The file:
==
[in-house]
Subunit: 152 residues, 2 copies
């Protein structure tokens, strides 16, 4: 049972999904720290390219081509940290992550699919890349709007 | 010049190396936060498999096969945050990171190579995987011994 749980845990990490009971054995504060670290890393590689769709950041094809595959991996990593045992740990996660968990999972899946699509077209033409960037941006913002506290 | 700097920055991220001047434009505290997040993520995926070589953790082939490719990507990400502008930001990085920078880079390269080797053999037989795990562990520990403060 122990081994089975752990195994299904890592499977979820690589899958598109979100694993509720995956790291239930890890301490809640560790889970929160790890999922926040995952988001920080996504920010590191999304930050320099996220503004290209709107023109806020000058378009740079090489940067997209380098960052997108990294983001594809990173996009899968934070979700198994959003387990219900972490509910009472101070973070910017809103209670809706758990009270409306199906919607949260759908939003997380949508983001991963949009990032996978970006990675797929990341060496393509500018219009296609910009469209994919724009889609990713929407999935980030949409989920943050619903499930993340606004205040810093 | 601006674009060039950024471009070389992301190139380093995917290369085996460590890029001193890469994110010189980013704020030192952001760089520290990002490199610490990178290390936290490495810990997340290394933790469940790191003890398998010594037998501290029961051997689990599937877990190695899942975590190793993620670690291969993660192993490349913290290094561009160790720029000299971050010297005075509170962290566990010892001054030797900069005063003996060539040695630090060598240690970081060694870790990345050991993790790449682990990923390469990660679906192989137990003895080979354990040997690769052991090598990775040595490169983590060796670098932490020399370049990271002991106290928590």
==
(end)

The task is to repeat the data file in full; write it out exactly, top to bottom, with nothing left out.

[in-house]
Subunit: 152 residues, 2 copies
């Protein structure tokens, strides 16, 4: 049972999904720290390219081509940290992550699919890349709007 | 010049190396936060498999096969945050990171190579995987011994 749980845990990490009971054995504060670290890393590689769709950041094809595959991996990593045992740990996660968990999972899946699509077209033409960037941006913002506290 | 700097920055991220001047434009505290997040993520995926070589953790082939490719990507990400502008930001990085920078880079390269080797053999037989795990562990520990403060 122990081994089975752990195994299904890592499977979820690589899958598109979100694993509720995956790291239930890890301490809640560790889970929160790890999922926040995952988001920080996504920010590191999304930050320099996220503004290209709107023109806020000058378009740079090489940067997209380098960052997108990294983001594809990173996009899968934070979700198994959003387990219900972490509910009472101070973070910017809103209670809706758990009270409306199906919607949260759908939003997380949508983001991963949009990032996978970006990675797929990341060496393509500018219009296609910009469209994919724009889609990713929407999935980030949409989920943050619903499930993340606004205040810093 | 601006674009060039950024471009070389992301190139380093995917290369085996460590890029001193890469994110010189980013704020030192952001760089520290990002490199610490990178290390936290490495810990997340290394933790469940790191003890398998010594037998501290029961051997689990599937877990190695899942975590190793993620670690291969993660192993490349913290290094561009160790720029000299971050010297005075509170962290566990010892001054030797900069005063003996060539040695630090060598240690970081060694870790990345050991993790790449682990990923390469990660679906192989137990003895080979354990040997690769052991090598990775040595490169983590060796670098932490020399370049990271002991106290928590």